The owner needs to decide by this stage to reap the rewards (be it by exiting or accumulating the profits) and pursue other activities. Or continue to invest the profit in the company.
Noteworthy though, is that during this stage is when the company starts to professionalize. More capable staff is hired and the decision is distributed between managers. Moving the decision making process from the owner to other staff members, frees up time for the owner whom is confronted with what route to take.
If the owner wants to reap the benefits and place control mechanisms to make sure the business sails smoothly into the profit horizon, the owner can expect to get returns for the foreseeable future. When things do not go as great the company will either fall-back into survival or an exit plan will be executed.
On the other hand, the owner can also decide to fully invest in the company. It will use all the resources gathered, maybe even external, and invest it in the growth of the company. In most cases this will be an all-or-nothing scenario in which it either succeeds or fails. When this decision is made the company will need to stay as profitable as possible to fund further growth. As is with the other decision, when things do not go as planned it will enter the survival stage or may even be sold during distress.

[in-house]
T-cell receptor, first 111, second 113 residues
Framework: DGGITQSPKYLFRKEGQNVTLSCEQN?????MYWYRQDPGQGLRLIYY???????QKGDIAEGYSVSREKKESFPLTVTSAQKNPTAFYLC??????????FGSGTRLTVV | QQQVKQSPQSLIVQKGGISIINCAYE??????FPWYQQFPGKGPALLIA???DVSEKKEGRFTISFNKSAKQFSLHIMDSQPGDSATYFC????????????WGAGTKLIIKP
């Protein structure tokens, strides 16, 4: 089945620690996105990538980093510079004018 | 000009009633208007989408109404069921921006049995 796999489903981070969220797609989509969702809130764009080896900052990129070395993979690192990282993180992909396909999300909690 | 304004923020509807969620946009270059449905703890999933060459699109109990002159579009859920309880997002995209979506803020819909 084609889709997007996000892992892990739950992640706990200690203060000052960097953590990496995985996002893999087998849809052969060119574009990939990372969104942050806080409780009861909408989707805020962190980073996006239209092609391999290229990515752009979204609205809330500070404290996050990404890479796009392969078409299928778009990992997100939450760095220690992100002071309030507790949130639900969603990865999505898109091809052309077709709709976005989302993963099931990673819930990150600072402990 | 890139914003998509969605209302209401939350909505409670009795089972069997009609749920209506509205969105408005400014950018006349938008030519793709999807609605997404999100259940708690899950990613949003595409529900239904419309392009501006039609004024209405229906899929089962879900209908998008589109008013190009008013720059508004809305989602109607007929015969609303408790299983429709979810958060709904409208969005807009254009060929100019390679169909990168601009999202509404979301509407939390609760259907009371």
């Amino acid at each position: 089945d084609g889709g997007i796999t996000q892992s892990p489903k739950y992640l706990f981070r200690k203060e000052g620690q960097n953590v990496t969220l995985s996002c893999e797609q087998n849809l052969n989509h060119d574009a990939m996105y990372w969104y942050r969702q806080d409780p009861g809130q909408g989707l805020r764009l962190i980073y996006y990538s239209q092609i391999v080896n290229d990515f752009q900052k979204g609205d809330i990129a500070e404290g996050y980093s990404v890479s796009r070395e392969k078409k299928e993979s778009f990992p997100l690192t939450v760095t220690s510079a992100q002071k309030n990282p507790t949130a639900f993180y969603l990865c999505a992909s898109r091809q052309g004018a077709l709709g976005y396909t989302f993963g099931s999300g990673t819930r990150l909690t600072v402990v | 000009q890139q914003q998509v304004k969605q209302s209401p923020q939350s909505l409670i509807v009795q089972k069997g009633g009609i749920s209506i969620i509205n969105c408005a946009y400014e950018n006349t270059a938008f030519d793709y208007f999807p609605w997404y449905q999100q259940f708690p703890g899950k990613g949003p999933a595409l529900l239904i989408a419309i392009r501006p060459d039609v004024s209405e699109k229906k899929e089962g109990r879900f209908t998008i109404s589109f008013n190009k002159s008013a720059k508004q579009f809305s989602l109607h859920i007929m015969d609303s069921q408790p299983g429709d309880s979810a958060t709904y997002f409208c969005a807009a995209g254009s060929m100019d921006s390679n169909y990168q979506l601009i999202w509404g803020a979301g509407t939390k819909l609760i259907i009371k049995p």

If you would like to know more about how to secure existence beyond the present, make sure to check the Three Horizons of Growth article.
Going back to the brewery example. The craftsmen decided to rent overcapacity of a competing brewery.
They made a financial assessment and they realize it is distressing to start a brewery on their own. Quickly they realize they are at the mercy of the brewery they are renting the capacity from.
However, they are making enough profit that it is not an immediate problem. The craftsmen stopped making beer themselves, instead the brewery is making the beer according to their recipe. Sales seem stable and the market share is stable as well.
The craftsmen have a pretty good life, however, they do not know what to do. Expand or just reap the benefits that came from a few years of hardship?
Expansion (take-off) is characterized by an effort to grow very rapidly or fail very rapidly. The problems encountered during this stage are growth and finance related. To grow you need to have enough capital, otherwise you cannot fund growth.